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Here's how to mesmerise a drone

AAP logoAAP 14/11/2016 Max Blenkin, Defence Correspondent

There are various means to deal with a nuisance drone - blast it from the sky with a shotgun, zap it with a laser, shoot it down with an anti-drone drone or even snare it in a net like a wild animal.

The proliferation of low-cost drones and rising misuse has led to a new race to come up with the most effective counter-drone technology.

The US military is so keen it's funded an exercise series known as Black Dart to try out various commercial and military anti-drone technologies.

While much remains top secret, it's already known US military has used Hellfire missiles and 30 kilowatt shipboard lasers to destroy large commercial drones.

The push has also caught the attention of the Australian Defence Force and last week Australian firm Department 13 showed off 'Mesmer', a technology that takes control of intruding drones and forces them to land.

"We believe that making drones fall from the sky is a bad thing," chief executive Jonathan Hunter told AAP.

Drones are proliferating. There are small hobby devices for under $100 to more capable commercial units for everything from crop, powerline, beach and bushfire monitoring to police surveillance, media and imaging for real estate ads.

But so to is their misuse. Some have intruded into controlled airspace or paid a little too much attention to activities around the neighbour's pool.

Criminals have used them to deliver contraband. Islamic State and other terror groups have operated small commercial drones for battlefield surveillance and to drop explosive devices.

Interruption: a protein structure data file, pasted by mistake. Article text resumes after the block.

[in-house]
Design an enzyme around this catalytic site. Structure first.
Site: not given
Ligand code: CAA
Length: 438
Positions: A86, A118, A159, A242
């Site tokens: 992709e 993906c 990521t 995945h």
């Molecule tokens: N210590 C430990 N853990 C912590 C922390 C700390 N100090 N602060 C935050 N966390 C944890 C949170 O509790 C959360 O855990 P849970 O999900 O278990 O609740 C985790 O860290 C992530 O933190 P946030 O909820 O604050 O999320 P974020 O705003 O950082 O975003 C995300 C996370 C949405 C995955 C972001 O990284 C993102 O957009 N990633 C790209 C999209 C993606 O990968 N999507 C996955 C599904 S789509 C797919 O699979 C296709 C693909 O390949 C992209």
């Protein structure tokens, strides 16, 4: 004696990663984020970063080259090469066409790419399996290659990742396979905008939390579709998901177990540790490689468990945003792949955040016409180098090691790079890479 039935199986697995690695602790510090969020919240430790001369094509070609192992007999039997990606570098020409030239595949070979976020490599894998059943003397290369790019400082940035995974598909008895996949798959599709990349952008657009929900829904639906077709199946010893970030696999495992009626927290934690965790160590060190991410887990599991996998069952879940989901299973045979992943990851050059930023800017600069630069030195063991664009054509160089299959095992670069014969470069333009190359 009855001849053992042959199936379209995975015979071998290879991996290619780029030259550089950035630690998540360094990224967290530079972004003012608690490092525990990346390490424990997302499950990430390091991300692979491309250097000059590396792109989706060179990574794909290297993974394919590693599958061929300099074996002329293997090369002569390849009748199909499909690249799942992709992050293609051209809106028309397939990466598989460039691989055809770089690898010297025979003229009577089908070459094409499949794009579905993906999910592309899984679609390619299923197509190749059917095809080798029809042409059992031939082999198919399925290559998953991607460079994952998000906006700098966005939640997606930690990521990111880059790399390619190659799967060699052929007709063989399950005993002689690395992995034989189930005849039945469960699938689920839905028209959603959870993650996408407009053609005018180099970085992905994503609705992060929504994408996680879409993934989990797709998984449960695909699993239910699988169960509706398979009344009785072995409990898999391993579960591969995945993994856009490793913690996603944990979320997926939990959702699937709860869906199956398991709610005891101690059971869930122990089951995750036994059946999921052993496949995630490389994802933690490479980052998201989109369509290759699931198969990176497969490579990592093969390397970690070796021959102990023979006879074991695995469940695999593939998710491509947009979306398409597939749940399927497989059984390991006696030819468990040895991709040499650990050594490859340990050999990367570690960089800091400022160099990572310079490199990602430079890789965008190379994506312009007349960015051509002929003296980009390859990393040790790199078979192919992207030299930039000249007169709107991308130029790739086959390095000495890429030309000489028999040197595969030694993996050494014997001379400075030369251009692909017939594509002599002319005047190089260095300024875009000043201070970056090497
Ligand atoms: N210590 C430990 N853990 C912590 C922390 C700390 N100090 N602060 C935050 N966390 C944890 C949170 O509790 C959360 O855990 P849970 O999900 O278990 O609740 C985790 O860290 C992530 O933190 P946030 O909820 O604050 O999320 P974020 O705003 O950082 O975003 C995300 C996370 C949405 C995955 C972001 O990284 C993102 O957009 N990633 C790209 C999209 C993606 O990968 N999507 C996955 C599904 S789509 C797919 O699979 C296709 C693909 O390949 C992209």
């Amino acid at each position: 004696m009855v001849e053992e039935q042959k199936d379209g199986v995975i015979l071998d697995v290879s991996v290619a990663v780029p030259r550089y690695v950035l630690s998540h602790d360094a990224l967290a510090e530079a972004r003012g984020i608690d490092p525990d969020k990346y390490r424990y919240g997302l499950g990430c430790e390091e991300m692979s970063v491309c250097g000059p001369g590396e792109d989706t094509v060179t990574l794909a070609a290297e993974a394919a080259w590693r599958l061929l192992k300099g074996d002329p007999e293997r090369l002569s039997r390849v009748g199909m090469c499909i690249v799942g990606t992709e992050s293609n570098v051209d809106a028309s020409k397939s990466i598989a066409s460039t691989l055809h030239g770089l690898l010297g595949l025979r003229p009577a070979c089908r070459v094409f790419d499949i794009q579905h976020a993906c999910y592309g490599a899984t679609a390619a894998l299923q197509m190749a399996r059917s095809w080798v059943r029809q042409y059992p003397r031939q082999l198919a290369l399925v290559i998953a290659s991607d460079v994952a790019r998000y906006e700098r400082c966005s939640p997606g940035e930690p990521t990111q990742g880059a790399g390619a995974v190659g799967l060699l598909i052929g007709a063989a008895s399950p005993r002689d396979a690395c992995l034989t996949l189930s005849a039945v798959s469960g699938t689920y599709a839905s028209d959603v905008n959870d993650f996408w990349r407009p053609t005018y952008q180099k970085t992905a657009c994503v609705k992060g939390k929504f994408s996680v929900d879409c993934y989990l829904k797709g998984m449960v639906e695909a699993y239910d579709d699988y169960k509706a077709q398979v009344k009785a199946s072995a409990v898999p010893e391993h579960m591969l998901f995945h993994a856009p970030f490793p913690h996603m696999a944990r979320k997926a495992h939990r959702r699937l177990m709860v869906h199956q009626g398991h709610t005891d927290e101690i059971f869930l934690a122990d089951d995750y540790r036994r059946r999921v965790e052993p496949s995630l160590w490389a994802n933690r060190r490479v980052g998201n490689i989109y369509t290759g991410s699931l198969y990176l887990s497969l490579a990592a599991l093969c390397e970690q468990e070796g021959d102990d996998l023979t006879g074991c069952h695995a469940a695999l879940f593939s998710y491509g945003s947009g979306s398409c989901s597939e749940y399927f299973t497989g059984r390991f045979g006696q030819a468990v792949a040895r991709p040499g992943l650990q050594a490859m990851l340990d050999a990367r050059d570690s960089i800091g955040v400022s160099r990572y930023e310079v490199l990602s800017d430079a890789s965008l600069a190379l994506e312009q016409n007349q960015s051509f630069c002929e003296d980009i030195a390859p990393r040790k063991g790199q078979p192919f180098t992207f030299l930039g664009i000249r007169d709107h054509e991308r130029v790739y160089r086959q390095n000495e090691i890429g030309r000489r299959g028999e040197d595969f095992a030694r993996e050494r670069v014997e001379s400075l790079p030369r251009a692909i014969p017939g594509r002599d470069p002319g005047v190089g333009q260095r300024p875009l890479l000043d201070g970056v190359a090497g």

In the US drones have been spotted over nuclear reactors and military bases. And in April 2015, a drone carrying radioactive material was found on the roof of the prime minister 's Tokyo office.

"If they had shot that out of the sky, they would have dispersed radiological material everywhere," Hunter said.

"That would have shut down down Tokyo for at least a month."

Mesmer's technology manipulates the radio transmission protocols used to control drones.

"We make the drone listen to only us. Once we take control of the drone, we can land it, we can make it go back home, we can do passive video tapping so we can see what the drone is lookng at without the end user knowing," he said.

"We can do basically anything we want with that drone."

This can happen because most commercial drone radio controls operate in established frequency bands and use standard command protocols.

The Mesmer device is an esky-sized box of electronics that's currently intended for the protection of a fixed site, such as an airport, where it can use existing radar to detect intruding drones.

Hunter says the ADF is interested. "They have all seen it, they are all very intrigued by it."

The price tag of as much as a $1 million puts it beyond home use, but costs are expected to fall as the technology matures.

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